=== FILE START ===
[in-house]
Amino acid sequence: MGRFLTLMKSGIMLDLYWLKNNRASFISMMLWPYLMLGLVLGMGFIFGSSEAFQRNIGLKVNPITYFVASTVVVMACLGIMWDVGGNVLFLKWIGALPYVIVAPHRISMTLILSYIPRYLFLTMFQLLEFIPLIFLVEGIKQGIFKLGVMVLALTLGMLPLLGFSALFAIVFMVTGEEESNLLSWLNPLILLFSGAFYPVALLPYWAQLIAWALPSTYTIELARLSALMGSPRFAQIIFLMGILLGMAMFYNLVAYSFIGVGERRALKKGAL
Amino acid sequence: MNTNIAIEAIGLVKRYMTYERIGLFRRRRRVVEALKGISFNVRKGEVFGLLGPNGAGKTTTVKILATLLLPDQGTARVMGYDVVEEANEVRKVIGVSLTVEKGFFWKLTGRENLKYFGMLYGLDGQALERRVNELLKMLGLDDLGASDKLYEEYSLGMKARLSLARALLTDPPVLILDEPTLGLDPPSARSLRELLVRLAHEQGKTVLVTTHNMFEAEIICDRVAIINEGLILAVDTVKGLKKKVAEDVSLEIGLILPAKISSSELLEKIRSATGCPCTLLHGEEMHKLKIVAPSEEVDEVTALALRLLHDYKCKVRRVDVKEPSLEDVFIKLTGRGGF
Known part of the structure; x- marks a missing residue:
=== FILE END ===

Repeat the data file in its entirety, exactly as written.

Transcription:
[in-house]
Amino acid sequence: MGRFLTLMKSGIMLDLYWLKNNRASFISMMLWPYLMLGLVLGMGFIFGSSEAFQRNIGLKVNPITYFVASTVVVMACLGIMWDVGGNVLFLKWIGALPYVIVAPHRISMTLILSYIPRYLFLTMFQLLEFIPLIFLVEGIKQGIFKLGVMVLALTLGMLPLLGFSALFAIVFMVTGEEESNLLSWLNPLILLFSGAFYPVALLPYWAQLIAWALPSTYTIELARLSALMGSPRFAQIIFLMGILLGMAMFYNLVAYSFIGVGERRALKKGAL
Amino acid sequence: MNTNIAIEAIGLVKRYMTYERIGLFRRRRRVVEALKGISFNVRKGEVFGLLGPNGAGKTTTVKILATLLLPDQGTARVMGYDVVEEANEVRKVIGVSLTVEKGFFWKLTGRENLKYFGMLYGLDGQALERRVNELLKMLGLDDLGASDKLYEEYSLGMKARLSLARALLTDPPVLILDEPTLGLDPPSARSLRELLVRLAHEQGKTVLVTTHNMFEAEIICDRVAIINEGLILAVDTVKGLKKKVAEDVSLEIGLILPAKISSSELLEKIRSATGCPCTLLHGEEMHKLKIVAPSEEVDEVTALALRLLHDYKCKVRRVDVKEPSLEDVFIKLTGRGGF
Known part of the structure; x- marks a missing residue: